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    Birth Control: What Type Is Right for You?

    You have a lot of choices for birth control, from condoms to caps to pills. Find one that you're confident with -- and that you can commit to using every time you have sex.

    Hormonal Birth Control

    These include birth control pills, stick-on patches, insertable vaginal rings, shots, and implants. You’ll need a prescription for them.

    They use hormones, similar to the ones in your body, to stop the release of an egg so that it can't get fertilized by sperm.

    How well it works depends on how well you use it. Most people don’t use any method perfectly, all the time. Things happen!

    With typical use, hormonal birth control is about 90% effective. But if used correctly all the time, it prevents pregnancy over 99% of the time. The implant is also about 99% effective.

    If you decide to take a birth control pill, ask your doctor how long you should use another form of birth control until the pill takes effect.

    Barrier Birth Control

    As the name suggests, these create a barrier to keep sperm from reaching an egg. You can get most of them at a pharmacy with no prescription.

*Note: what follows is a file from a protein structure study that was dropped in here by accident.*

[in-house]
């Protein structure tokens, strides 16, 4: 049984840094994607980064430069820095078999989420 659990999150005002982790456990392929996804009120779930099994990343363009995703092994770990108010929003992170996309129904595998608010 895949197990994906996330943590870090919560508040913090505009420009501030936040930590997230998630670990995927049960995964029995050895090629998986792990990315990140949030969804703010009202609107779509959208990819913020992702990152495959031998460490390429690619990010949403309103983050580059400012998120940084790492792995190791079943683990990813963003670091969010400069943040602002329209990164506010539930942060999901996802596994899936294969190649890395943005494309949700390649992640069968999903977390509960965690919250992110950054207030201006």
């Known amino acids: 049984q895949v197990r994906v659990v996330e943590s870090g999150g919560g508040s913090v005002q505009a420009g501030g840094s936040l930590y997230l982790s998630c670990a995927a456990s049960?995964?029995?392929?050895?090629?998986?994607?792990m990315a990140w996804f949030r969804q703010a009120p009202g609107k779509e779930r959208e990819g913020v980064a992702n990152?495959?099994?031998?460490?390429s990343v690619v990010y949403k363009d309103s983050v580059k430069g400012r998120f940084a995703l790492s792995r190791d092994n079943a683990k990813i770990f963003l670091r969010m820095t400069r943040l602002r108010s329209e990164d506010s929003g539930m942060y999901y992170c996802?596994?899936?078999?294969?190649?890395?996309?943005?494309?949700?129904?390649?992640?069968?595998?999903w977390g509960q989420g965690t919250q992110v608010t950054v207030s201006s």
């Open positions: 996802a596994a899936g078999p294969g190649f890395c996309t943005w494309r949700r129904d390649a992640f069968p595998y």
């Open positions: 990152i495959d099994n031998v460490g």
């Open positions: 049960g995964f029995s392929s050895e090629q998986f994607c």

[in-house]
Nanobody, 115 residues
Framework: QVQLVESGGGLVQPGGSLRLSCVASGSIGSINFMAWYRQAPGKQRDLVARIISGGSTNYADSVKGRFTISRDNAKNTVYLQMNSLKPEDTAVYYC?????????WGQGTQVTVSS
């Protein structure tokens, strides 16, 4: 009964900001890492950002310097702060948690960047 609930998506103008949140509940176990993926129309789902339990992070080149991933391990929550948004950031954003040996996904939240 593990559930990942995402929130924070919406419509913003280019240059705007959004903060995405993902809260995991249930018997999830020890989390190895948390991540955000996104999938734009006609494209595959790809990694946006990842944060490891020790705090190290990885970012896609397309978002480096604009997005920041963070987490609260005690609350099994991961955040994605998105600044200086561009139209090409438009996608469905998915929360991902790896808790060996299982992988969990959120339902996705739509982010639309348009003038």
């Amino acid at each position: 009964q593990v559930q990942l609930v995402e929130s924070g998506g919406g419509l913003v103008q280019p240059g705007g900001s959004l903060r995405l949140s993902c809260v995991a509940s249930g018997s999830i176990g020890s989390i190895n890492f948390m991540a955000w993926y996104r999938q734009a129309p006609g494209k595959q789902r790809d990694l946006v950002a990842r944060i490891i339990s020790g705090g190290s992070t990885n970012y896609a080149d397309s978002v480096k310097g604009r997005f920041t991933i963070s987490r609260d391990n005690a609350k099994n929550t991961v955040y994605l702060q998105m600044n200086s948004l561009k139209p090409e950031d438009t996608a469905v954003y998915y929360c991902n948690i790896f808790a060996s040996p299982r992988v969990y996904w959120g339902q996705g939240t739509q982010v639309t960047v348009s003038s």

Male condomsare reliable and cheap. Latex condoms are a good choice. They're durable and may be more effective against sexually transmitted diseases (STDs) than “natural” or “lambskin” condoms.

    With typical use, the male condom is about 80% effective. If used perfectly every time, it prevents pregnancy 98% of the time.

    A female condom is a thin, flexible, plastic tube that you would partially insert into your vagina, creating a barrier. Female condoms may also help against STDs. Female condoms are about 80% effective.

    Other types of birth control work well in preventing pregnancy, but they don't protect you from sexually transmitted diseases (STDs).

    The sponge is another non-prescription option. It's a small piece of foam, treated with spermicide, that you place high up in your vagina. It's between 68% and 84% effective. You can also use spermicides -- gels, creams, and foams -- with other birth control or on their own. Alone, they're about 70% effective.

    A few options -- like the diaphragm, cervical cap, and cervical shield -- are available only by prescription. They're rubber or silicone barriers that you place far up in your vagina. They're about 90% effective in preventing pregnancy.

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